Although there's no reason for the South to go out of its way to antagonize Pyongyang, it need not cringe from raising human rights issues. Yet the ROK has abstained three years in a row when the UN General Assembly, hardly a hotbed of pro-human rights sentiments, passed a resolution expressing (in 2003) "its deep concern at reports of systematic, widespread and grave violations of human rights" in the North.
But South Korea does more than ignore refugees. Over the last four years Norbert Vollertsen has campaigned against Pyongyang and aided North Korean refugees. Alas, his work embarrassed the South as well as the DPRK. So Seoul sent him home in June because, it explained, his "political activities" violated his tourist visa. The U.S. has pressed China to change its policy.
Nevertheless, some administration critics, including Sen. Sam Brownback (R-Kan.), who authored the NKHRA, don't believe the State Department has done enough. But America's influence remains limited despite its superpower status. Dealing with Beijing is especially difficult, since Washington also is seeking China's help in deterring the North from developing nuclear weapons, reducing textile exports, and more.
Washington could do more to welcome anyone escaping North Korea's hellhole, however. So far the U.S. has been strangely reluctant to accept North Korean refugees. Only nine North Koreans have been granted asylum since 2002.
The U.S. need not worry about being overwhelmed with refugees: most North Koreans understandably prefer to live in South Korea. Moreover, getting from the North to America is no mean feat. In fact, barely 100 North Koreans have reached the U.S. after passage of the NKHRA last year.
But none has successfully won political asylum. One, Ju Young-hak, has thrice held vigils outside the State Department. U.S. rules discriminate against North Koreans if they first went to a third country, such as South Korea. Thus, reports the State Department, new procedures are being considered that "would allow the United States to accept North Korean refugees who have a compelling reason for resettling in the United States rather than in South Korea or elsewhere."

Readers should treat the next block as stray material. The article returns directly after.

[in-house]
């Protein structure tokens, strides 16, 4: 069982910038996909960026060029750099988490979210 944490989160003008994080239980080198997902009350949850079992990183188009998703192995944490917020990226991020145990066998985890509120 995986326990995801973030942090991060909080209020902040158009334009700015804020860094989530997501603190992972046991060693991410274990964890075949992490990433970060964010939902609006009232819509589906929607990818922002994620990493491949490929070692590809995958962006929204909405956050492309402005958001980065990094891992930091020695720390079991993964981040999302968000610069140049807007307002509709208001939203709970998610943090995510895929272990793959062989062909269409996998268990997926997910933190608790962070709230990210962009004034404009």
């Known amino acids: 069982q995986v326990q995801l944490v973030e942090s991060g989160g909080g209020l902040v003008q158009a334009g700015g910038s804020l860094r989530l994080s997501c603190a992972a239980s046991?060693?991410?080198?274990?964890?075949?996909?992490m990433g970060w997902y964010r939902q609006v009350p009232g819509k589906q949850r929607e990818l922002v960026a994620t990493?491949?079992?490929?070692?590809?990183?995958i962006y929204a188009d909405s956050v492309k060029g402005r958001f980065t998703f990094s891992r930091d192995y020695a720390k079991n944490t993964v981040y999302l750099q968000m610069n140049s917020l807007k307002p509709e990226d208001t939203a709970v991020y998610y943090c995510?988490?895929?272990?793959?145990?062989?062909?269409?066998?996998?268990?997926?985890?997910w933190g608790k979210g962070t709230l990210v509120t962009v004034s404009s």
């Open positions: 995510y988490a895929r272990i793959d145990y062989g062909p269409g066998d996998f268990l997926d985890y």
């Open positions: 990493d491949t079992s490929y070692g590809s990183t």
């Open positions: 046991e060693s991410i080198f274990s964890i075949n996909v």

But why not accept any North Koreans who want to come for the simple reason that America is free and prosperous? That seems compelling enough. Nick Eberstadt of the American Enterprise Institute movingly writes: "Against great odds, South Korea has become the home of freedom in the peninsula. Now the task is to extend that freedom to the North, if need be, one escapee at a time." If the ROK won't, the U.S. should.
Developing sensible policy towards the DPRK is not easy. America's overriding goal remains to divert the North from its nuclear path. Thus, some assistance might be worth providing as part of a verifiable dismantlement of the North Korean nuclear weapons program. In that case, aid should not be made contingent on human rights improvements, as desirable as they would be.
Otherwise, however, the U.S. should focus on helping the North Korean people rather than the regime. Earlier this year ROK Unification Minister Chung essentially apologized to the North for the fact that its citizens had the temerity to seek freedom in the South: "North Korea takes the refugee issue as a threat to its regime," but "undermining the North is not our policy."
This is moral and practical bankruptcy. The U.S. and its allies should undermine the North's totalitarian system. Not violently, since the cost of any war would be too high. But they certainly should not prop up the Kim Jong-il regime.